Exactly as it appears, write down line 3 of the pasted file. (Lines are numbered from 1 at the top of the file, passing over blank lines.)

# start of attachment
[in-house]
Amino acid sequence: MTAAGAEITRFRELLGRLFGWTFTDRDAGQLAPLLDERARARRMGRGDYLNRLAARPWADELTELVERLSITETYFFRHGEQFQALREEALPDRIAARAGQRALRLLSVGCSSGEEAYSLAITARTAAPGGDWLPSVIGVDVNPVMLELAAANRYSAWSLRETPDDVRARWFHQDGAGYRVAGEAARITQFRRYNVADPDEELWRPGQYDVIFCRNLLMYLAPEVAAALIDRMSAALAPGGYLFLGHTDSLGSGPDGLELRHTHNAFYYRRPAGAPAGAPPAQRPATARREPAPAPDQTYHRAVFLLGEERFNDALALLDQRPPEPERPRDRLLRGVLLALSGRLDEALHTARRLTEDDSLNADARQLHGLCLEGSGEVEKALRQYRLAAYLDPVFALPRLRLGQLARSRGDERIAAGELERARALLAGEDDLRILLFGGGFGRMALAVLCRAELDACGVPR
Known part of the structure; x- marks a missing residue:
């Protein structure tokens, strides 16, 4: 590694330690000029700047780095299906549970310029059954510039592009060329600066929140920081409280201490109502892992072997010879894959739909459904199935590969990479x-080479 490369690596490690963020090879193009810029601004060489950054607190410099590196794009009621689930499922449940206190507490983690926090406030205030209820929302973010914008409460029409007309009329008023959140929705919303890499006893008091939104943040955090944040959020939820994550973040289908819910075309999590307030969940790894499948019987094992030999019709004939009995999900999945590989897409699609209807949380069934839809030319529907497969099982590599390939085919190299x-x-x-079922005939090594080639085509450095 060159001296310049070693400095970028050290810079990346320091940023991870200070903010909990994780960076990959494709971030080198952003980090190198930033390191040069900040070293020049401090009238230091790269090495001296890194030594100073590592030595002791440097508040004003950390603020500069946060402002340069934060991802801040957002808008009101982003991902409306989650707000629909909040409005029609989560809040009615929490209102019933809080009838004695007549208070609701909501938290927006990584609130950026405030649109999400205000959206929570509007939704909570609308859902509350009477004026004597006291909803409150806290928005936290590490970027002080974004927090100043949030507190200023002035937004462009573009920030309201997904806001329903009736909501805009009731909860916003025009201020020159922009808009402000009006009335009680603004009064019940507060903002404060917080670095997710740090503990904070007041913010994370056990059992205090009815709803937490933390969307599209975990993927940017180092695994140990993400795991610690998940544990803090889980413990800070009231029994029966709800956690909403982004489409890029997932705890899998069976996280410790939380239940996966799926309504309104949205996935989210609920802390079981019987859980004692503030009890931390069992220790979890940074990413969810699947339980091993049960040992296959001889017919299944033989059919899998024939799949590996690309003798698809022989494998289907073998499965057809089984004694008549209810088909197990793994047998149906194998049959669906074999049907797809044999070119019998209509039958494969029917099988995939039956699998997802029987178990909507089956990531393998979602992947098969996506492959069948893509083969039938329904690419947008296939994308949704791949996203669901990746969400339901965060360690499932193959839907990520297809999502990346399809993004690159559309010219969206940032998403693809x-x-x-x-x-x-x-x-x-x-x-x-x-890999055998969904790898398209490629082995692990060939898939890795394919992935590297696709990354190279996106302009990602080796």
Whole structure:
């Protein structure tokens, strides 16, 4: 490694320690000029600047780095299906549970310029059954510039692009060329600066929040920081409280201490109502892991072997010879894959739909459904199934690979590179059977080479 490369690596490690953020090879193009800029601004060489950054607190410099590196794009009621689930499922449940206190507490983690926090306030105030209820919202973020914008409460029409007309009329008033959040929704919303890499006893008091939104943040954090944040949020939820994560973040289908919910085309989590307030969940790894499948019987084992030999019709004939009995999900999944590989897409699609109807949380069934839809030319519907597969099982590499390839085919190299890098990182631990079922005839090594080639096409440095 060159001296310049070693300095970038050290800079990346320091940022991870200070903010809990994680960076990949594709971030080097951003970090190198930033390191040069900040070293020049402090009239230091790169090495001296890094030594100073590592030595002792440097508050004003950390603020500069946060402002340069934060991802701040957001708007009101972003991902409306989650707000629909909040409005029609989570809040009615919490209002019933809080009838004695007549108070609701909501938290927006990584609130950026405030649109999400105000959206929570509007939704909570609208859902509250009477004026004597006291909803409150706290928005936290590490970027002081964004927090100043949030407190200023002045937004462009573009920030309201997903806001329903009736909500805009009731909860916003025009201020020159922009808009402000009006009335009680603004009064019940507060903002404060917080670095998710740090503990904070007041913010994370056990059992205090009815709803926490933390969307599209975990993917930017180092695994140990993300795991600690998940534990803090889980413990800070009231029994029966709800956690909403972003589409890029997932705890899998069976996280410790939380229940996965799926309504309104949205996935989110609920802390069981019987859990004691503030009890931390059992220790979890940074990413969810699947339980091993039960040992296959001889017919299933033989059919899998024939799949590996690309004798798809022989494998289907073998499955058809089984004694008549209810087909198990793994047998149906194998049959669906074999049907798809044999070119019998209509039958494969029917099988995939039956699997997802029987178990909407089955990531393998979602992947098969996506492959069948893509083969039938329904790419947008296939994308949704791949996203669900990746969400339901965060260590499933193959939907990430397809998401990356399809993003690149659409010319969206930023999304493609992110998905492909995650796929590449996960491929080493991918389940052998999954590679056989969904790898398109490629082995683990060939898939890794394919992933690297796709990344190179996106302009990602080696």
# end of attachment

Known part of the structure; x- marks a missing residue: